Fonterra Chairman John Wilson says the investment is closely aligned to Fonterra’s strategy to grow its global sources of milk in strategic locations such as Europe, enabling the co-operative to satisfy customer demand in market closer to those sources.
“Our New Zealand farmers will always remain our primary source of milk, but increasingly we are supporting our growth and their returns through strategic partnerships in Europe, Latin America, Australia and China. These partnerships enable us to produce products in demand closer to the market while providing more opportunity for milk and milk products we make elsewhere,” he said.
Fonterra CEO Theo Spierings says the development built on Fonterra’s current long-term supply relationship with Rokiskio and would benefit both companies.
“Our ability to access high-value whey protein ingredients is increasingly important as demand grows, especially in Eastern and Western European, Middle Eastern and North African markets.”
“Rokiskio is also a highly-respected cheese producer and this also opens up further opportunities for us to satisfy customer demand in these markets. This is another step in our strategy to develop a sustainable European-sourcing network, providing a reliable and efficient chain of supply that will complement our New Zealand-sourced ingredients.”Click to Enlarge
Rokiskio Suris Chairman, Dalius Trumpa says Rokiskio’s focus on product quality and safety, as well as its environmental performance, were important strengths the company brought to the relationship with Fonterra. Contract manufacturing for Fonterra had played a role in the company’s capacity expansions and upgrades in 2014 and 2016 and he is optimistic about future growth opportunities.
"We have worked closely as commercial partners for five years and over this time we have built a strong relationship. Fonterra’s investment in Rokiskio Suris lifts our company to a new global level, opening up export opportunities which will generate more value from our local milk pool,” says Trumpa.
“By welcoming Fonterra as a shareholder, future growth can be accelerated by entering new markets and investing in new technologies.”
Rokiskio has three factories in Lithuania and makes cheese, butter, whey protein and milk powders. It is one of the largest and most well-known cheese producers in Central and Eastern Europe, producing more than 30 thousand tons of cheese each year.
The company exports to both Eastern and Western markets as well as producing a wide range of fresh dairy products for the Baltic region.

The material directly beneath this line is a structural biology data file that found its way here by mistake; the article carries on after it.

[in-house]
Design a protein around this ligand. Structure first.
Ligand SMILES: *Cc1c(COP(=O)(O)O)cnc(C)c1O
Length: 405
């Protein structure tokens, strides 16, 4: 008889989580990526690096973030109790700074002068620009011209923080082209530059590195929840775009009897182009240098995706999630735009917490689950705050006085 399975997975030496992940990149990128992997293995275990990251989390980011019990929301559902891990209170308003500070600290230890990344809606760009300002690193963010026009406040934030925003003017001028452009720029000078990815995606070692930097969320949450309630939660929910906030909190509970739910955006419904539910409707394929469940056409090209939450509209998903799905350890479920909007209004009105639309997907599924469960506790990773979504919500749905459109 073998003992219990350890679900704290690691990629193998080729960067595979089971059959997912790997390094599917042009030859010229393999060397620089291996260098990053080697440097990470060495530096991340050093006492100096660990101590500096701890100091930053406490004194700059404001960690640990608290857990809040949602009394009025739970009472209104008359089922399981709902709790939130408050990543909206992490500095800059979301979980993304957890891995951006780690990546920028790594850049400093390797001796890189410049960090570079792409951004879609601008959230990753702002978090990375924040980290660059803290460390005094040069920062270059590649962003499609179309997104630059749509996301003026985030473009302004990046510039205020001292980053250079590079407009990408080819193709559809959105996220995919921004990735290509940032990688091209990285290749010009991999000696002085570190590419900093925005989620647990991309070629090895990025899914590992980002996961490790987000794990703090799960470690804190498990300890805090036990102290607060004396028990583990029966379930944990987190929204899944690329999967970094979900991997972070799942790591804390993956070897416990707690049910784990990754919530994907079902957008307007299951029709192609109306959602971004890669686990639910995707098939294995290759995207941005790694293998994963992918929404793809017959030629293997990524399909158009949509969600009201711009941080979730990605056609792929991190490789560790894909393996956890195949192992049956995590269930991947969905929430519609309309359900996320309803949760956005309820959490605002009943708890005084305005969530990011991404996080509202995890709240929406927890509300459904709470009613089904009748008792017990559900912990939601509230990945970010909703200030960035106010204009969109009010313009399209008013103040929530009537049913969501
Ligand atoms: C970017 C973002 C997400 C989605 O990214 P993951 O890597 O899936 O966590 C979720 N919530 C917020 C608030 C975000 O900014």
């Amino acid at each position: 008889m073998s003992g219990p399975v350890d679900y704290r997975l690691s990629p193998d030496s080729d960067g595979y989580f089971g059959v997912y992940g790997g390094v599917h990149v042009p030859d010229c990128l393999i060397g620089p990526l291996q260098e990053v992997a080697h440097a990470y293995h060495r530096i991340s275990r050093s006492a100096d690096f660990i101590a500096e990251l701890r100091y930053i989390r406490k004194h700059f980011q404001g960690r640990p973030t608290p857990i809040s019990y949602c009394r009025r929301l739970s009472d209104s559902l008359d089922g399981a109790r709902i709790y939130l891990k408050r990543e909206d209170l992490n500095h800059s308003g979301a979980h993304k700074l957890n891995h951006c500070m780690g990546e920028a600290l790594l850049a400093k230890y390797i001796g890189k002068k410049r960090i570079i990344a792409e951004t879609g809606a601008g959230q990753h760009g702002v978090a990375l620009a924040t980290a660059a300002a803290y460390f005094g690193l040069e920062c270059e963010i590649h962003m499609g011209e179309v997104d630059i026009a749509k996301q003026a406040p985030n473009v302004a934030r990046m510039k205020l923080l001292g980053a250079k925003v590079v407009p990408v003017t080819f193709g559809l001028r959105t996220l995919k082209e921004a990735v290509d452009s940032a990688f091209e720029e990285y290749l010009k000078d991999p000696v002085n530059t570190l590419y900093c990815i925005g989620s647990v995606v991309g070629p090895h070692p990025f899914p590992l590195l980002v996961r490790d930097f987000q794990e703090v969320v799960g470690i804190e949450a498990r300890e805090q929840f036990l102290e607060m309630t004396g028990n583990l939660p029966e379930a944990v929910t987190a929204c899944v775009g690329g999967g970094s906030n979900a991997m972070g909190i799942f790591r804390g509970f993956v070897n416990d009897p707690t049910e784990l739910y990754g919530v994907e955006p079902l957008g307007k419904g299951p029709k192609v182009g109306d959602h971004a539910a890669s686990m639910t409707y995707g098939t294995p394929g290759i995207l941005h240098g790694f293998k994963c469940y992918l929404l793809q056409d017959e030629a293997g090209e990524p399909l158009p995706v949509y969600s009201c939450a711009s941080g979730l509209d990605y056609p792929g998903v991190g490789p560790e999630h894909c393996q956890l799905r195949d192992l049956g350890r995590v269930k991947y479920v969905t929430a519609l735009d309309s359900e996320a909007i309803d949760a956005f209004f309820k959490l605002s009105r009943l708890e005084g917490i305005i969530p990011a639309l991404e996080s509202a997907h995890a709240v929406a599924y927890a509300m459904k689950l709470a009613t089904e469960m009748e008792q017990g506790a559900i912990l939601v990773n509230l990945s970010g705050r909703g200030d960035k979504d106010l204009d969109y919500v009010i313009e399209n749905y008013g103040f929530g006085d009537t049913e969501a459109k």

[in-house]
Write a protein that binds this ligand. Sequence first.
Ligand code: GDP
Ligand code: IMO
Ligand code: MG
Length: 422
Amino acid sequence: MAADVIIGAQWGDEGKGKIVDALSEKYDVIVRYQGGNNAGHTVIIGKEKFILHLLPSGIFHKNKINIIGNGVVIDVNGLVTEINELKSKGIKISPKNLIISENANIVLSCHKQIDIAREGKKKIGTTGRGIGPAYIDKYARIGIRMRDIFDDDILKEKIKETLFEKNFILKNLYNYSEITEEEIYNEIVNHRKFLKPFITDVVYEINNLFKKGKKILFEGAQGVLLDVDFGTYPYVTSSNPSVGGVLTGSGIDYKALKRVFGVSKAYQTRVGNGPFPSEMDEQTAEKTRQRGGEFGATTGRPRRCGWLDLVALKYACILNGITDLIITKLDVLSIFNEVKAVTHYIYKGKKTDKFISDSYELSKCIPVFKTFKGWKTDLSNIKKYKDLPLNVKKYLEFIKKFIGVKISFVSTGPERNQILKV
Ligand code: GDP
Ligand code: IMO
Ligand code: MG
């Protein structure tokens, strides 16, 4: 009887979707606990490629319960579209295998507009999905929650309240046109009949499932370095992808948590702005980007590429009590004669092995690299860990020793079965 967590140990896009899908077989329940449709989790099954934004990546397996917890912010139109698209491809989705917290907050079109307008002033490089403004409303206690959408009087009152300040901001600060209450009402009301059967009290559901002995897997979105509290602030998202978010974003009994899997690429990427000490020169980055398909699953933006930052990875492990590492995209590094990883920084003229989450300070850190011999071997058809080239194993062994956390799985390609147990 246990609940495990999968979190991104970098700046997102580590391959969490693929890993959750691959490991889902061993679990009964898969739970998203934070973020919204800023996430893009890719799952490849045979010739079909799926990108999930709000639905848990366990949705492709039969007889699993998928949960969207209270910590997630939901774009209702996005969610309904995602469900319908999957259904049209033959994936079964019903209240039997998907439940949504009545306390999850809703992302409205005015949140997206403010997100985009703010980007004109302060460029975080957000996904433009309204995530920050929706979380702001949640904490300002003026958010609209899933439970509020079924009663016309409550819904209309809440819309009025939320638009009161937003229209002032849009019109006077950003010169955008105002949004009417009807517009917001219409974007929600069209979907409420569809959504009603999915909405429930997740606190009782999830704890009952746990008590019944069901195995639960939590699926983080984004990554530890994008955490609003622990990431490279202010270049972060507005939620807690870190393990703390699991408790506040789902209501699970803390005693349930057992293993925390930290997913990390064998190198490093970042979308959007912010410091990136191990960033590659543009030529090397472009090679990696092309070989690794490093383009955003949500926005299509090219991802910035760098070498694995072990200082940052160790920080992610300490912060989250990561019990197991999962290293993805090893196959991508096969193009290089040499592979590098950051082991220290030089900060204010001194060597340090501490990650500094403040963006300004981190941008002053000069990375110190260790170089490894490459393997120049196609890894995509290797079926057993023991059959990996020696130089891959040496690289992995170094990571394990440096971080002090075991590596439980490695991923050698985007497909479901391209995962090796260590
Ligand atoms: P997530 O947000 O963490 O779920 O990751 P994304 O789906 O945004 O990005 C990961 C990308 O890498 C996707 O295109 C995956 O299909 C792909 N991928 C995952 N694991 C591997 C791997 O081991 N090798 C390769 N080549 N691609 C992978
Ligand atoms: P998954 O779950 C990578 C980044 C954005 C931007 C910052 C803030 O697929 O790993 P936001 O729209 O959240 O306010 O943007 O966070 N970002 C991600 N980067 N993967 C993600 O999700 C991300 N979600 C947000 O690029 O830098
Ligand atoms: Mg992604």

In September, Fonterra confirmed that it lodged a bid for Australia’s largest dairy processor, Murray Goulburn, and also released its full-year results. A number of groups were believed to have made offers for the struggling company, but Fonterra was the first to confirm its interest on the back of a successful business year.
Fonterra’s full-year results were described as successful. The company announced that it had seen its net profit fall by 11 percent in the year to July 31. However, revenue rose to NZ$19.2 billion (US$15.52 billion), up 12 percent from NZ$17.2 billion (US$12.3 billion) the year before.
The Asian protein ingredients market forecast to grow by 11.5 percent from 2016 to 2020, according to Fonterra NZMP Ingredients General Manager for South & East Asia, Hamish Gowans.
You can listen to a podcast interview with Gowans here.
| A FoodIngredients release || November 8, 2017 |||
1 Nov: The East Coast Farming Expo to be held at the Wairoa A&P Society grounds has begun its six-month countdown to showtime reports the Wairoa Star. The two-day event, which is hosted by the Society will be held on April 11 and 12, next year. Two days of interactive exhibits and seminars will give East Coast and Hawke’s Bay farming communities the opportunity to interact face-to-face with industry innovators and experts.
“If you are an East Coast/Hawke’s Bay farmer looking for the answers to keep your business moving forward, or an agricultural innovator wanting to spread your message, this event is perfect,” said event director Dave Martin. The whole point of the expo is about acknowledging the importance of face-to-face interaction when it comes to learning about new technology.
“Farmers on the East Coast miss out a lot so the expo is an opportunity for them to interact directly with specialist industry innovators, but in a more intimate environment and closer to home.